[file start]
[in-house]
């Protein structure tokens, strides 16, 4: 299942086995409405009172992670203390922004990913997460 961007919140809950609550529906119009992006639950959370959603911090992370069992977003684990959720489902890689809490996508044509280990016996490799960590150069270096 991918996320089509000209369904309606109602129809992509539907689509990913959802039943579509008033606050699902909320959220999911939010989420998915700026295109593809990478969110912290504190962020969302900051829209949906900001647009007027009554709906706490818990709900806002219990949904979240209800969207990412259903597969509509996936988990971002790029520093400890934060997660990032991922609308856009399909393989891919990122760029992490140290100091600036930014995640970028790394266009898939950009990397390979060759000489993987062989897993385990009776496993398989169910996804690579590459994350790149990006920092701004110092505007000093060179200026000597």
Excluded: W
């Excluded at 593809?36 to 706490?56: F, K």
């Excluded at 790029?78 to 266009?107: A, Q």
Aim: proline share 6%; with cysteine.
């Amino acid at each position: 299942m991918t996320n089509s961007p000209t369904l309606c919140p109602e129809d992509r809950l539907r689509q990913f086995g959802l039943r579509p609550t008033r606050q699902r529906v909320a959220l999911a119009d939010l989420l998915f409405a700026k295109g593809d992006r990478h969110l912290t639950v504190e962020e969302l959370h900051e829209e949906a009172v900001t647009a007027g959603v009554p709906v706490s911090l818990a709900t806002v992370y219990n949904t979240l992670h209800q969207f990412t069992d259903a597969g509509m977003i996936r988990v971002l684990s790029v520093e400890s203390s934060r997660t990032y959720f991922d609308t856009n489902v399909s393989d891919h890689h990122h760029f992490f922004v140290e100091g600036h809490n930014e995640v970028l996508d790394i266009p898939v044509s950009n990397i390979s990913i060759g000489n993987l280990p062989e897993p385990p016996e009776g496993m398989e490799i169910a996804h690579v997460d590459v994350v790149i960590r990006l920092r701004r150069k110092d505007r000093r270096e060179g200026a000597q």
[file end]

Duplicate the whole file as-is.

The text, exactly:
[in-house]
């Protein structure tokens, strides 16, 4: 299942086995409405009172992670203390922004990913997460 961007919140809950609550529906119009992006639950959370959603911090992370069992977003684990959720489902890689809490996508044509280990016996490799960590150069270096 991918996320089509000209369904309606109602129809992509539907689509990913959802039943579509008033606050699902909320959220999911939010989420998915700026295109593809990478969110912290504190962020969302900051829209949906900001647009007027009554709906706490818990709900806002219990949904979240209800969207990412259903597969509509996936988990971002790029520093400890934060997660990032991922609308856009399909393989891919990122760029992490140290100091600036930014995640970028790394266009898939950009990397390979060759000489993987062989897993385990009776496993398989169910996804690579590459994350790149990006920092701004110092505007000093060179200026000597």
Excluded: W
């Excluded at 593809?36 to 706490?56: F, K």
């Excluded at 790029?78 to 266009?107: A, Q």
Aim: proline share 6%; with cysteine.
């Amino acid at each position: 299942m991918t996320n089509s961007p000209t369904l309606c919140p109602e129809d992509r809950l539907r689509q990913f086995g959802l039943r579509p609550t008033r606050q699902r529906v909320a959220l999911a119009d939010l989420l998915f409405a700026k295109g593809d992006r990478h969110l912290t639950v504190e962020e969302l959370h900051e829209e949906a009172v900001t647009a007027g959603v009554p709906v706490s911090l818990a709900t806002v992370y219990n949904t979240l992670h209800q969207f990412t069992d259903a597969g509509m977003i996936r988990v971002l684990s790029v520093e400890s203390s934060r997660t990032y959720f991922d609308t856009n489902v399909s393989d891919h890689h990122h760029f992490f922004v140290e100091g600036h809490n930014e995640v970028l996508d790394i266009p898939v044509s950009n990397i390979s990913i060759g000489n993987l280990p062989e897993p385990p016996e009776g496993m398989e490799i169910a996804h690579v997460d590459v994350v790149i960590r990006l920092r701004r150069k110092d505007r000093r270096e060179g200026a000597q």